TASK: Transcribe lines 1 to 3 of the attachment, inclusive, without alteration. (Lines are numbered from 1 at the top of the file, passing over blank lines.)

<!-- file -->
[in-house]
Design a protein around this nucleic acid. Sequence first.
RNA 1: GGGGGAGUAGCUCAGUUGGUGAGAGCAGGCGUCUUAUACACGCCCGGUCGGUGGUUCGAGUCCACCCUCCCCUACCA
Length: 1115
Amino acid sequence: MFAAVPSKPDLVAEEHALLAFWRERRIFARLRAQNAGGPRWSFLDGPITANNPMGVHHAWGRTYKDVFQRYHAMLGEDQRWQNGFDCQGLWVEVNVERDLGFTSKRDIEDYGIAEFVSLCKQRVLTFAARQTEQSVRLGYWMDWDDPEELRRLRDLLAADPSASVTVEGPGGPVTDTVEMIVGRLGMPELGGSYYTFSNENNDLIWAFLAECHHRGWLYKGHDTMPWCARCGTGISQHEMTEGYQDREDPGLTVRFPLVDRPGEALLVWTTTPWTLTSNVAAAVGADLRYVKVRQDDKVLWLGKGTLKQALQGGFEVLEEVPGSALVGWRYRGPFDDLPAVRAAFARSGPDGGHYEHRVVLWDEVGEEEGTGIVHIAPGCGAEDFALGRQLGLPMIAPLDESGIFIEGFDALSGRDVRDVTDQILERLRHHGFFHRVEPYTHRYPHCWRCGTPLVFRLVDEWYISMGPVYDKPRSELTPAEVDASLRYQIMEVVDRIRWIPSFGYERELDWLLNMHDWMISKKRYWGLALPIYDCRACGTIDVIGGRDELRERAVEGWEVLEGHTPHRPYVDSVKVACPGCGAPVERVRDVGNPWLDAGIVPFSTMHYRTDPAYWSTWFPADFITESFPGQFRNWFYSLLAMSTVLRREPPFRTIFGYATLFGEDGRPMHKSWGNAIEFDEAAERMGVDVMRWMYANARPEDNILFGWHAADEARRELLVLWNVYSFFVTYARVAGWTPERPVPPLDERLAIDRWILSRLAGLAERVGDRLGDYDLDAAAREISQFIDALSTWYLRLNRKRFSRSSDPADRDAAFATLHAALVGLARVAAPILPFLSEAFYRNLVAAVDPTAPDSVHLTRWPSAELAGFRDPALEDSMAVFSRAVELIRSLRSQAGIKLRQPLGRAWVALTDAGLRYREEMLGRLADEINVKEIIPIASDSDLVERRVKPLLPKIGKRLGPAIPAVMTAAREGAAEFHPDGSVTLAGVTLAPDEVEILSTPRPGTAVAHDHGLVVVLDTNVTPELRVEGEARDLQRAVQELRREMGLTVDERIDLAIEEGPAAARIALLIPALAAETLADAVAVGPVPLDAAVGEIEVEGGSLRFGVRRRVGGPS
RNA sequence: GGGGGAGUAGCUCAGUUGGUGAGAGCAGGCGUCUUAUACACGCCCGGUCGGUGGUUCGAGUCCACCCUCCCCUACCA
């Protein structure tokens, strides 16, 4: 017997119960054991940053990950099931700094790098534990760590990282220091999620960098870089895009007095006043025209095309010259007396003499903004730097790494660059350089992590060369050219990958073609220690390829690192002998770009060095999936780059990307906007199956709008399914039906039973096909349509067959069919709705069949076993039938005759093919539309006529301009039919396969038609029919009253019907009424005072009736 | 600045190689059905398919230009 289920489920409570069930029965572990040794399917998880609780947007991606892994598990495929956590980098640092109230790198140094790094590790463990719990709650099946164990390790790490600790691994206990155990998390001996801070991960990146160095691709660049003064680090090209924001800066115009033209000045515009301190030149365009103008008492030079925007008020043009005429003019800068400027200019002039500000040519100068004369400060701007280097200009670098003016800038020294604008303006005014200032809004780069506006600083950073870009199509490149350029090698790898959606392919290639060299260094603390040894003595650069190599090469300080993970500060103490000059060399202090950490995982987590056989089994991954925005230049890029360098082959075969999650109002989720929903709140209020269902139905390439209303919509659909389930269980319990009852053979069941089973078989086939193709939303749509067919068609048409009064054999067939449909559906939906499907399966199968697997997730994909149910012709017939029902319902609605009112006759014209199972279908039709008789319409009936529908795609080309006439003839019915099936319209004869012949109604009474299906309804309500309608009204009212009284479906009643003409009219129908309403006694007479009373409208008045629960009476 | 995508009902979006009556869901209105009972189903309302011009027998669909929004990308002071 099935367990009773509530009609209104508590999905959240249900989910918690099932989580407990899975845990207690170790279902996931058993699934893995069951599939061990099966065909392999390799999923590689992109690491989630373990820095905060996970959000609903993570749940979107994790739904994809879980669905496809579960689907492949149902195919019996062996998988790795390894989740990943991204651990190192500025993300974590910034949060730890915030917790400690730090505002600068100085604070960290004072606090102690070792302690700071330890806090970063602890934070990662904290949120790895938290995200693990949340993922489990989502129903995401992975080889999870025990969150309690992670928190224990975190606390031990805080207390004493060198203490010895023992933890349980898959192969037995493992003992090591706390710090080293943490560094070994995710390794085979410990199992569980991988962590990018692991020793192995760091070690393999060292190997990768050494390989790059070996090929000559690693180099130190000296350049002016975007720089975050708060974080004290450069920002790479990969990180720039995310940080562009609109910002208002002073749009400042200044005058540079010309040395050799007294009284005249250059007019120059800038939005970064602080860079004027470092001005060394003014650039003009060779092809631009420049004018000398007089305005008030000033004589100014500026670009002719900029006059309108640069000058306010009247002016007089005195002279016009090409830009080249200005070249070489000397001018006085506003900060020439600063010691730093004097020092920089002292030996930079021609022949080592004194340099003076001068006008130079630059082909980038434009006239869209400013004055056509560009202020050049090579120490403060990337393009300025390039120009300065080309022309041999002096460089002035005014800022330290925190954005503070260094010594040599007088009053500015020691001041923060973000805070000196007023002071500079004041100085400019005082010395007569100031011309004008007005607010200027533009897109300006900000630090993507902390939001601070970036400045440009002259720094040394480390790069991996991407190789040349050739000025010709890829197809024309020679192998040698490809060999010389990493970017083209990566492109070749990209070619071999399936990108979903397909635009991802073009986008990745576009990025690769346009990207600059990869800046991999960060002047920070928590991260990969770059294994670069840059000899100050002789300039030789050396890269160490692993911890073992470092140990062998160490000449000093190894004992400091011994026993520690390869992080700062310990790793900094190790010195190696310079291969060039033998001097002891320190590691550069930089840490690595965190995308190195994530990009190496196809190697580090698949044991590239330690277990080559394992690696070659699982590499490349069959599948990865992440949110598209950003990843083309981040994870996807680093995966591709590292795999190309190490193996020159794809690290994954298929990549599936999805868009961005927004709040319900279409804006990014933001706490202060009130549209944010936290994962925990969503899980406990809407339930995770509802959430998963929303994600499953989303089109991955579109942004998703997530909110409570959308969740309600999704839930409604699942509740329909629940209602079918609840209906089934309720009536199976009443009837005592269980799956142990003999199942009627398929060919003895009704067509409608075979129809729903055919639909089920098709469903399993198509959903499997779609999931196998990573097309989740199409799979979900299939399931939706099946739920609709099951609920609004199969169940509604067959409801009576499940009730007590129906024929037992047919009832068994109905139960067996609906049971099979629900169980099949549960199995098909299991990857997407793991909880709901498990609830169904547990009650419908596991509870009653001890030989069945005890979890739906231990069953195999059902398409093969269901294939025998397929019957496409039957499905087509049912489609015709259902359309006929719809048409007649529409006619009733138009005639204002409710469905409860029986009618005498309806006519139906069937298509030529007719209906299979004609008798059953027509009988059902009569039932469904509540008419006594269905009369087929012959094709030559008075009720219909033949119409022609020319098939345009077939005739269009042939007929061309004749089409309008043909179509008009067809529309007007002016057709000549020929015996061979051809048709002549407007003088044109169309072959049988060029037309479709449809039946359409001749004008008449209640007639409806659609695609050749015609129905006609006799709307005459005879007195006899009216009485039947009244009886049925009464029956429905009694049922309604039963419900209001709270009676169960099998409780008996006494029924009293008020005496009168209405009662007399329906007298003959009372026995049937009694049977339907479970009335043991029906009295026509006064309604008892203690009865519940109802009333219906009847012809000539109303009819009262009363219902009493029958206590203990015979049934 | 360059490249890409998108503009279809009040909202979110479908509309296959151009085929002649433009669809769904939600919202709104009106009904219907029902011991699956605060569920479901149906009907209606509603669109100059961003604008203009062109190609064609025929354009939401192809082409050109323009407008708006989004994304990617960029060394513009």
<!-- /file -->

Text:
[in-house]
Design a protein around this nucleic acid. Sequence first.
RNA 1: GGGGGAGUAGCUCAGUUGGUGAGAGCAGGCGUCUUAUACACGCCCGGUCGGUGGUUCGAGUCCACCCUCCCCUACCA